Everett Schlam, MD, agrees. “Primary care physicians are ideally suited to diagnose and treat depression.”

Utilizing screening questionnaires such as the PHQ-9 will enable PCPs to “assess the diagnosis and severity of depression,” and incorporate awareness of other medical conditions into an overall treatment plan, said Dr. Schlam, who is an Assistant Professor, Department of Family Medicine, University of Medicine and Dentistry of New Jersey, and Professor and Chair, Department of Family Medicine, St. George’s University Medical School. He adds that it is also important to utilize the Mood Disorders Questionnaire (MDQ) to screen for bipolar disorder and differentiate it from unipolar depression.

Pharmacological vs Nonpharmacological Interventions: The AHRQ Review

The AHRQ’s Comparative Effectiveness Review set out to examine four key questions (KQs). (Table 2) After identifying 7,813 potential articles for review, the researchers selected 44 trials that met all eligibility requirements and included data from 85 additional published trials and 27 unpublished trials that provided common comparators, which were used for network meta-analysis.  The population examined were adult (>18 years) outpatients of all races and ethnicities with MDD during either an initial treatment attempt, or a second treatment attempt in patients who did not have remission following an initial adequate trial with an SGA. The interventions studied are found in Table 3. Key findings are summarized below:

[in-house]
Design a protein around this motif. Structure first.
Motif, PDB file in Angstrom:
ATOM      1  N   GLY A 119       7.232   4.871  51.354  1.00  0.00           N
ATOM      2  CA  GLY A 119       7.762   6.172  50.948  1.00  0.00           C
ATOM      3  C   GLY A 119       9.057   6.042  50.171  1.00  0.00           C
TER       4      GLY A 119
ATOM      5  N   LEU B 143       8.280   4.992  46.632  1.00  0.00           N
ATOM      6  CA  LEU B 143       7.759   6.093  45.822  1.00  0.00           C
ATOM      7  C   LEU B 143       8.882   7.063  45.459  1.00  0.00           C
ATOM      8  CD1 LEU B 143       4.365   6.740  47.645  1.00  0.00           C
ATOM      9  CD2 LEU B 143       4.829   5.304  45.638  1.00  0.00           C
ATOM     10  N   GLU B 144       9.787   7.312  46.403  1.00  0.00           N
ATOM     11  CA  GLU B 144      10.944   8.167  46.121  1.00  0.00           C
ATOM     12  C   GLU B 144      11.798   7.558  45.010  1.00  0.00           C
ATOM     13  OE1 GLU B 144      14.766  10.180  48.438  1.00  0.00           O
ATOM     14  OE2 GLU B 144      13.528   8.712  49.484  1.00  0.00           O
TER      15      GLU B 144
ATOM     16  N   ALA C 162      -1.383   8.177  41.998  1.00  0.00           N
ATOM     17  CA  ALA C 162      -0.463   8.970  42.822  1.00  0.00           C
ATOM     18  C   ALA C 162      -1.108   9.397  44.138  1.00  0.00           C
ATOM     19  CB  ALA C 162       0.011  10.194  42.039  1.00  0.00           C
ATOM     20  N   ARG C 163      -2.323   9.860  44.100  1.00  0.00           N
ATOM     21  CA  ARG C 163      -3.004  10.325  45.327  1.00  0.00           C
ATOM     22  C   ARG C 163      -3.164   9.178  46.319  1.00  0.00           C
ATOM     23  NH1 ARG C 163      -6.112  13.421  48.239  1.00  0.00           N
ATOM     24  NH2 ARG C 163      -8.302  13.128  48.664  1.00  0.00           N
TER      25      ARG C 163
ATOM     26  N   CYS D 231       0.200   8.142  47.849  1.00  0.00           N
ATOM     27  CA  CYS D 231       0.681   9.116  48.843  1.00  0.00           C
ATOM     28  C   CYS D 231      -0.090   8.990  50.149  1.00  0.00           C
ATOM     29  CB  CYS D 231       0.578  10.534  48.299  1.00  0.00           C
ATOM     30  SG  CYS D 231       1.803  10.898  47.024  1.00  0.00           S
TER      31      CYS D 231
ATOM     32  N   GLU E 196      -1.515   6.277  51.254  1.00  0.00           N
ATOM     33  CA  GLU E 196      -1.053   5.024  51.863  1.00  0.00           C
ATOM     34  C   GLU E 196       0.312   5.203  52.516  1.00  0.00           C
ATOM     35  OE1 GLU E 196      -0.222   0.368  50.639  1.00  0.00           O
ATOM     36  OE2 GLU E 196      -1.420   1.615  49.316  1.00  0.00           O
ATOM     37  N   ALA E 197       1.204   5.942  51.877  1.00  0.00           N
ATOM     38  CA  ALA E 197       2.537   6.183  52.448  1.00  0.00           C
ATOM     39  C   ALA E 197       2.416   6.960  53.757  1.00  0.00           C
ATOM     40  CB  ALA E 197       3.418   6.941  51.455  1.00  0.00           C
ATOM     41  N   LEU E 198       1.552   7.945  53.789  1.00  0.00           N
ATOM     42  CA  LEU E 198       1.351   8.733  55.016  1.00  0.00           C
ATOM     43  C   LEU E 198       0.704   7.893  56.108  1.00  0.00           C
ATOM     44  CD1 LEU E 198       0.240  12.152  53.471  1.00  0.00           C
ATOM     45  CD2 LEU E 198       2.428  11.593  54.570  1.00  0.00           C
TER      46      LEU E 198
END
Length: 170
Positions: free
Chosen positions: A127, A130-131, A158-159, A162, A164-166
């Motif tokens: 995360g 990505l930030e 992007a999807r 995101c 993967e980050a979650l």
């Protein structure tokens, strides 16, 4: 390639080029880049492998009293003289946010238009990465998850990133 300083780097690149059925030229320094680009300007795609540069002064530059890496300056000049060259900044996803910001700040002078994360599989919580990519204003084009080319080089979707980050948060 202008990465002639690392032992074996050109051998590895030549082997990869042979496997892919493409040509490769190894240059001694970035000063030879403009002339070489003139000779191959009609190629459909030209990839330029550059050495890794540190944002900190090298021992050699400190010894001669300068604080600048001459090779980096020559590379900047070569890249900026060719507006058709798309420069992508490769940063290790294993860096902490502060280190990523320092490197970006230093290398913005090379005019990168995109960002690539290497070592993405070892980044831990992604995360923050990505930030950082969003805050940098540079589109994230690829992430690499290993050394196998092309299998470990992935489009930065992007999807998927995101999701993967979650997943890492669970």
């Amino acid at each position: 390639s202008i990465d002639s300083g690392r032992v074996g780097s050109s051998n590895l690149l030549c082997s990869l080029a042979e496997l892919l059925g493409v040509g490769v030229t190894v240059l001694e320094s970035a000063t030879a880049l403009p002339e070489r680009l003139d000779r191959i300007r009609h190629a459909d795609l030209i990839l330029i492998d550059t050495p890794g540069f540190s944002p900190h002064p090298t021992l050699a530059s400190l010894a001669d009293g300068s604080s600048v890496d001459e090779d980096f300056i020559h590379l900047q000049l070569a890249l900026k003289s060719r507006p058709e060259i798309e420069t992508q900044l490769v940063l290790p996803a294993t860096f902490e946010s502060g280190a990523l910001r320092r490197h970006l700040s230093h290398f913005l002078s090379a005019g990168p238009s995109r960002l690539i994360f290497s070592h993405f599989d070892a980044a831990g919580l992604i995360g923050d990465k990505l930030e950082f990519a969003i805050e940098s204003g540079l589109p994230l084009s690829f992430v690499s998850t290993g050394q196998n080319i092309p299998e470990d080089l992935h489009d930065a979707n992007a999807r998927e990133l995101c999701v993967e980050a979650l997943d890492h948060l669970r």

Second-generation antidepressants (SGAs) vs cognitive behavioral therapy (CBT): “Moderate” evidence regarding the comparative benefits showed that SGAs and CBT have similar effectiveness regarding symptomatic relief in patients with mild to severe MDD. After 24 weeks of follow-up, however, SGAs led to higher rate of overall discontinuation due to adverse events than did CBT. Adding CBT to SGA did not show any benefit in remission response.

SGAs vs alternative/complementary therapies: “Moderate” evidence regarding the risk of harm between SGAs versus CBT, acupuncture and St. John’s wort demonstrated that patients treated with SGAs had a higher risk of experiencing adverse events or discontinuing treatment because of adverse events than did patients treated with CBT, acupuncture, or St. John’s wort. However, the evidence was insufficient to draw conclusions about serious adverse events, such as suicidal ideas or behavior.